Hawaii Organization Celebrates After Reaching 300 Tons of Marine Debris Removal

There are millions of metric tons of plastic in the oceans, including food wrappers, bottles, single-use bags, and takeout containers. The problem can seem a little overwhelming, but one organization has been doing its part to keep their community as free of ocean trash as possible.

The nonprofit Hawaii Wildlife Fund recently announced that it had reached 300 tons of marine debris removal on the Big Island since 2003. If you include their similar efforts on Maui, Midway, and Lalo, it’s more than 351 tons.

In a Facebook post, the organization said, “We would not have been able to accomplish this milestone without our motivated volunteers, community support, and funding from NOAA’s Marine Debris Program grants and private donations. A very sincere mahalo to each of you (hundreds of you) that contributed to this HUGE accomplishment, and for your dedication to our mission to protect our native wildlife.”


The largest portion of debris – 95% – was removed from shores in the Kaʻū district, thanks to efforts from community members, students, and landowners. Meanwhile, 3% was removed from Kona, 1% from Hilo, and 1% from Kohala.

After surpassing such a large number, the organization is encouraging the community to do what it can to stop the need for cleanup.

The post says, “Now as a 25-year organization we’d LOVE to shift our focus away from removal and towards prevention (and education and outreach efforts) so please join us to stem the tide of plastic pollution in our oceans!”

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The debris removal is just the tip of the iceberg of the organization’s work. Along with coastal restoration, education outreach, and environmental campaigns, it focuses on hawksbill sea turtle conservation by conducting research and monitoring nesting activities. They say there are fewer than 100 adult female hawksbills known to nest in the entire state. The animals are listed as critically endangered in Hawaii and worldwide. To help encourage survival, the organization has helped protect the hatchlings as they head to the ocean.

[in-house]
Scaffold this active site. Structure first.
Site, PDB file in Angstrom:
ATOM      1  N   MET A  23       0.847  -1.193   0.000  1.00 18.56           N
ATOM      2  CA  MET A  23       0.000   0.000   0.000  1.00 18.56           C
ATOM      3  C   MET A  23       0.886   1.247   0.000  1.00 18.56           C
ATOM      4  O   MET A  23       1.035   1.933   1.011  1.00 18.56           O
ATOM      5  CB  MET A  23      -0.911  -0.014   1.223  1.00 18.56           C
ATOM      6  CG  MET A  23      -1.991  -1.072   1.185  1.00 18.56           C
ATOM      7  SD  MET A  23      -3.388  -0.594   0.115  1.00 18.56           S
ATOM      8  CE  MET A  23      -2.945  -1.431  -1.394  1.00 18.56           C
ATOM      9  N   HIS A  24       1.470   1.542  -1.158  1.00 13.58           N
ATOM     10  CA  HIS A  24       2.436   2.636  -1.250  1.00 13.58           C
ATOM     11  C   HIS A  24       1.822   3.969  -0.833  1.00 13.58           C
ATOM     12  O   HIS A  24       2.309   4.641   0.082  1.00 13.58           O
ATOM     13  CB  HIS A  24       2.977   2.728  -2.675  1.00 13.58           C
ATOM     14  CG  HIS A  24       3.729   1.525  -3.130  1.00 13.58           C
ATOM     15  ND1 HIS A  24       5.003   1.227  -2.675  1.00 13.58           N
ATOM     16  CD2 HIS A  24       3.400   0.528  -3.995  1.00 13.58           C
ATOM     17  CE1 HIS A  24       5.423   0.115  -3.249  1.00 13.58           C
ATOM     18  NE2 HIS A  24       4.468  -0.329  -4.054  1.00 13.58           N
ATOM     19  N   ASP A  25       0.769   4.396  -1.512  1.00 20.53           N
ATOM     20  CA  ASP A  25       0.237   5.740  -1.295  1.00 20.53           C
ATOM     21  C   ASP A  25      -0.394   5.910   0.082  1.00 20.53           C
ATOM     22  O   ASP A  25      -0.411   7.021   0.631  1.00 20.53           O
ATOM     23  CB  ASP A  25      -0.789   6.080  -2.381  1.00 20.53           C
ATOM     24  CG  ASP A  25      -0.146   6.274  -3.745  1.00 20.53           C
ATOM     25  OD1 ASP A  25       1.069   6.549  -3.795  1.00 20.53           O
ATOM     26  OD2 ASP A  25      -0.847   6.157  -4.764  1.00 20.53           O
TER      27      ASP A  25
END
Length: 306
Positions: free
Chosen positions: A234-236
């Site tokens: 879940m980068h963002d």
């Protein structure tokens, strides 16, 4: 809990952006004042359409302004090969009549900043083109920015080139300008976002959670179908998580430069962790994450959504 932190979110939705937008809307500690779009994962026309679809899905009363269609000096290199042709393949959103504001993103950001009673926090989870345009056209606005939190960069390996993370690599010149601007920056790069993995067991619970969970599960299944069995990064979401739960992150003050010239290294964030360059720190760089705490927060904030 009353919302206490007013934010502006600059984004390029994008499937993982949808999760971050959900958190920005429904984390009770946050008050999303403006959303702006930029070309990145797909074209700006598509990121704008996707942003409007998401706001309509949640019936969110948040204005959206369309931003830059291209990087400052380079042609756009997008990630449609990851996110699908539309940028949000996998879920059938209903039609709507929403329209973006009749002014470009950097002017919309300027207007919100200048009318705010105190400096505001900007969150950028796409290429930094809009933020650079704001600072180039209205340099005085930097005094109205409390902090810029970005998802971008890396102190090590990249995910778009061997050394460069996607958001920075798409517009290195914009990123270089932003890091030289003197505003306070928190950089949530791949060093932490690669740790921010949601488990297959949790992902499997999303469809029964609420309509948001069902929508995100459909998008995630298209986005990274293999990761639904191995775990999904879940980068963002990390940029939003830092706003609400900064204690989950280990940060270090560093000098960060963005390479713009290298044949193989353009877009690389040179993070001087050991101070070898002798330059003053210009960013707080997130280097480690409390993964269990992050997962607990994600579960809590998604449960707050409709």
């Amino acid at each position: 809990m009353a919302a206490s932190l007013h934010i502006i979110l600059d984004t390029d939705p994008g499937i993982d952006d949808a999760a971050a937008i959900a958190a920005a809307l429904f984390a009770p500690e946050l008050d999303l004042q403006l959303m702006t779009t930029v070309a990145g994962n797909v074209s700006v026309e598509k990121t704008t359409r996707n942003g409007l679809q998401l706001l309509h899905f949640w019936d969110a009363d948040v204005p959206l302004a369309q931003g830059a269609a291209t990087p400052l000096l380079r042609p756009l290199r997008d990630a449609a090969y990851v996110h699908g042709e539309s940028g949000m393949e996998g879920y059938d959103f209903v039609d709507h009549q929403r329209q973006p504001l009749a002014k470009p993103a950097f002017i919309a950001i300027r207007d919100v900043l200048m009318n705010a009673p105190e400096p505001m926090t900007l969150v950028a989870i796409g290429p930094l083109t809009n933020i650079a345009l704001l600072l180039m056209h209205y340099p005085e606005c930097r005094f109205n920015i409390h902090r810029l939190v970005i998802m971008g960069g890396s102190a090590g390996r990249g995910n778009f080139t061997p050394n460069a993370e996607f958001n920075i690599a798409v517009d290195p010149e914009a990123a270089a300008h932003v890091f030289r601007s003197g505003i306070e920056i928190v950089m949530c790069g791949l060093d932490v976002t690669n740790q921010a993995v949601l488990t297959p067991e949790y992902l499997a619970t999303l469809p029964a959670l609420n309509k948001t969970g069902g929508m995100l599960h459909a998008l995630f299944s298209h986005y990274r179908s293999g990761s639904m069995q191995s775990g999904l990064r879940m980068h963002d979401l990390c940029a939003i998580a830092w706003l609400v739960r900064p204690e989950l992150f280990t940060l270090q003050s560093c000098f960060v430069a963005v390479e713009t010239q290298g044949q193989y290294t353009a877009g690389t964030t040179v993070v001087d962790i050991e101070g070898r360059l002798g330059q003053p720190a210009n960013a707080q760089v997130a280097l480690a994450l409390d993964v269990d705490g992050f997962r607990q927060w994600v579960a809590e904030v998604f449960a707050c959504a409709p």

Want to address the trash problem in the oceans and keep a clean environment for these turtles? The National Oceanic and Atmospheric Administration says scientists estimated that 8 million metric tons entered the oceans in 2010 alone, but there are a few things we call all do to minimize that.

First, take a look at your plastic use, from water bottles to plastic shopping bags, to food containers. Could you eliminate some of them? If you feel that you can, try to do so and find alternatives. You can always reuse items or recycle them, as well.

Much like this crew in Hawaii, if you live in a coastal community, see if there’s a local effort you can join. You can find a cleanup here.

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